If you have a look at the jpg. files in the folder I've made available for download in this post - you'll see that the Sony jpgs. also have higher shutter speeds to produce lighter images at the same aperture than the Fuji X-E2. They also do the same thing in comparison to the GX7 files though the difference is less marked.

Whatever the reason, this gives the a6000 a significant advantage in light gathering and means that higher shutter speeds / narrower apertures / lower ISO settings can be selected to achieve the same result as the other cameras. This has all sorts of implications for noise performance and image quality and gives the a6000 a real advantage.
No that is not the same thing. One means the sensor properties themselves require light gathering a certain way and another that fuji may be not amplifying the signal a certain way post sensor capture for some reason

They are not the same thing one has to do with innate properties the other with what fuji decided to do to make their iso scale and shift the dr window of they did. 

Whichever way you look at it you have to let in more light via a slower shutter speed on the Fuji to get a result similar to the Sony.

ISO settings in effect are only a guide anyway and they are often not that accurate. I've just done another post on this and for that I've tried four cameras with shutter speed and aperture set manually. Again the results show the Fuji jpgs. to be darker with a lower shutter speed. I agree that this could be the sensor requires more light or that this is something Fuji are in-camera processing.

But the result is still the same. Fuji X cameras require more light to achieve a satisfactory result. And for some reason the camera? / sensor? is either less efficient at getting enough light onto the sensor and to process the image 'correctly' or Fuji are 'software interfering' with this.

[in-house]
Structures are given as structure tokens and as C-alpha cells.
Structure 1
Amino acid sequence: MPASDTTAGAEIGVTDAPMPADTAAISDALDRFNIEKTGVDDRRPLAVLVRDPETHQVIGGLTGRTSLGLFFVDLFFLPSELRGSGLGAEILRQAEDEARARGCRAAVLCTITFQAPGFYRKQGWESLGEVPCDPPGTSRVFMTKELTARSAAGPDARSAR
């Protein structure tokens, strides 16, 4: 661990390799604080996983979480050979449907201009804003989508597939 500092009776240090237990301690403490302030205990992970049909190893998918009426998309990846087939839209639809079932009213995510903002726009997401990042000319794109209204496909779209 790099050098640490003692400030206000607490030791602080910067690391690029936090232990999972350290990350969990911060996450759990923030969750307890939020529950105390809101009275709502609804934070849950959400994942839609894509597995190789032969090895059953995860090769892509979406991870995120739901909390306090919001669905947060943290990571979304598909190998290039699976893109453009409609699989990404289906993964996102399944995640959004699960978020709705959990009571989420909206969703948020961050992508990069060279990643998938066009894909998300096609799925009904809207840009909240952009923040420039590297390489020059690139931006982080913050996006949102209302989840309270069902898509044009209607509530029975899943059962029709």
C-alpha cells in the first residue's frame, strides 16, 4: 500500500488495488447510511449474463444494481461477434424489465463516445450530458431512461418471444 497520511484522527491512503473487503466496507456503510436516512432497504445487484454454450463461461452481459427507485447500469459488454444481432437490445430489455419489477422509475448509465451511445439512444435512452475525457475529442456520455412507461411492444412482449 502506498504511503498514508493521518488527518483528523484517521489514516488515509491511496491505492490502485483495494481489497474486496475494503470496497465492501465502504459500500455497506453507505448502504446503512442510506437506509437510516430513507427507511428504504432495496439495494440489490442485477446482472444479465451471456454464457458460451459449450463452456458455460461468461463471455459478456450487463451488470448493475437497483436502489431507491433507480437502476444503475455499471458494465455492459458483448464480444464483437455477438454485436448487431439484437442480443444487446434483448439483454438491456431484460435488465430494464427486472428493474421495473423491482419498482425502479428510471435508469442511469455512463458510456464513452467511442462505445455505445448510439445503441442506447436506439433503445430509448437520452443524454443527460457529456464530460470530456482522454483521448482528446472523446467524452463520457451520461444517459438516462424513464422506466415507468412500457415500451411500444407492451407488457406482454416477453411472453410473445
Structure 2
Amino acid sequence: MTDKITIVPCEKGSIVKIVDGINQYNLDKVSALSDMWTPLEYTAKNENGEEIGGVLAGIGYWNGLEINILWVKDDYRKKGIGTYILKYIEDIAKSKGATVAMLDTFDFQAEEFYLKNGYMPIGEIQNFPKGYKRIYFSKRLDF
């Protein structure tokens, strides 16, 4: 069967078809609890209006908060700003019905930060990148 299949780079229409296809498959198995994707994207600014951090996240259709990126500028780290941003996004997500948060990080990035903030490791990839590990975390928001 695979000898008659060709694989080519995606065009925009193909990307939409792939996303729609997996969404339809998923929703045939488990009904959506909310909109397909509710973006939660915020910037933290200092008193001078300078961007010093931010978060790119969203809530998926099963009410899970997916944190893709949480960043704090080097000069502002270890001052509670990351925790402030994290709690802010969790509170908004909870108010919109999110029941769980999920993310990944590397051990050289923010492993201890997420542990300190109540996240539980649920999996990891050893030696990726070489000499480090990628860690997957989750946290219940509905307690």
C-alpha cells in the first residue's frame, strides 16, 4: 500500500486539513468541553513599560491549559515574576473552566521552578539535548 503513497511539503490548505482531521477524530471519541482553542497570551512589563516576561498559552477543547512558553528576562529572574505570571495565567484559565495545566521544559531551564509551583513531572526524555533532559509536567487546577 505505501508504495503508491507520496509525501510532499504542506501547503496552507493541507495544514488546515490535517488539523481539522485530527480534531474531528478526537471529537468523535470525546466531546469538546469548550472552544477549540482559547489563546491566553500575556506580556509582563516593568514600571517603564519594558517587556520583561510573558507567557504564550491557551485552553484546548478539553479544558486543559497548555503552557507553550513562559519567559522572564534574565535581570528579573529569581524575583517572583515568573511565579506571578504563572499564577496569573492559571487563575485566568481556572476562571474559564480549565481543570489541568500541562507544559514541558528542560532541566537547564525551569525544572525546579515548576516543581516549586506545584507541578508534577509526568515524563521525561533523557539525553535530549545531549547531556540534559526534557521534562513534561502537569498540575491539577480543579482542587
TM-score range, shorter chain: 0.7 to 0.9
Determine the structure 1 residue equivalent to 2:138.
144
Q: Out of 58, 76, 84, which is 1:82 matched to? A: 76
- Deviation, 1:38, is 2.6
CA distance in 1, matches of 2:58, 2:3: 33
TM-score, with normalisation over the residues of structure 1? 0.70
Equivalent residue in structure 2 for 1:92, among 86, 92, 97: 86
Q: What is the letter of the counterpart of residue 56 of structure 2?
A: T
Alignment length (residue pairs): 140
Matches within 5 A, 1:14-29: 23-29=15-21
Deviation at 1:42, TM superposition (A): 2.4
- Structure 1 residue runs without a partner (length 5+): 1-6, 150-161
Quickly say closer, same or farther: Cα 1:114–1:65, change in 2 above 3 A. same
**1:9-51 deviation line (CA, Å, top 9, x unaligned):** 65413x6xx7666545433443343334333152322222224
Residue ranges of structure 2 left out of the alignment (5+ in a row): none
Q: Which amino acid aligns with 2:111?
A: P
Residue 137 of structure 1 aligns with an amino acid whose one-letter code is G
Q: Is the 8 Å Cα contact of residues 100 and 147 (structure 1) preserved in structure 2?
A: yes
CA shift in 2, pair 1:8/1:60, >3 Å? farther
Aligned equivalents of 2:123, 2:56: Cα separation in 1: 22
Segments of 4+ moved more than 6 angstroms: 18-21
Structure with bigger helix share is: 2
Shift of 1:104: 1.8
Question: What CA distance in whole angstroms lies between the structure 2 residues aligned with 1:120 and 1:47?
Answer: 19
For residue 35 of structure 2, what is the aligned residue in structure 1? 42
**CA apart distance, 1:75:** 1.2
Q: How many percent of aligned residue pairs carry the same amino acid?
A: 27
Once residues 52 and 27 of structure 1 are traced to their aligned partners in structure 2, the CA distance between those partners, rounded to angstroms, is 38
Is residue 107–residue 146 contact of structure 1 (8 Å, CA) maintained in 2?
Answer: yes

I've now tried three different lenses on two different cameras and the results are pretty much the same. I suspect that all we are going to come up with are theories here, since I doubt Fuji will shed any light on this. Plus since DxO have never tested a Fuji X camera, there's no help there either.

It makes for an interesting discussion however and certainly helps me make up my mind as to what cameras to keep or sell.

This is interesting and if true means that the Fuji ISO performance is not as good as it's made out to be. It seems that others have noticed this too. So this morning I compared 4 different cameras and decided the best way to show this was to set all cameras to manual, thus bypassing any ISO discrepancy. This is what I got at 1/320 sec. at f/5.6.

As you can see the Fuji X-T1 file is darker and the Sony a6000 slightly overexposed. I then let aperture priority take over on the Fuji, used my eyes to work out a manual exposure for the Sony, set the aperture to f/5.6 on both and the results were dramatic.

In terms of the shutter speeds this is about a 11/2 stop difference. And the Fuji shadows are much more blocked out than the Sony. Both jpg. settings were set to standard and all the parameters set to zero. Now the difference is much more pronounced with the a6000 than with either the Panasonic GX7 or Sony A7r. Now I would expect some minor differences, but nothing like this. And it does call into question what is happening with the Fuji jpgs. Is it really the case that the Fuji X sensor requires more light or is this Fuji processing the jpgs. in camera? I really have no idea as to what is going on here and it also seems that the Sony a6000 goes the other way. I have noticed that my cameras jpgs. are slightly overexposed for my taste and I'm now using the +/- dial set at -2/3 stop. I keep the Dynamic Range Optimiser turned on which works very well. I should also mention that I keep the Fuji version of this switched on as well.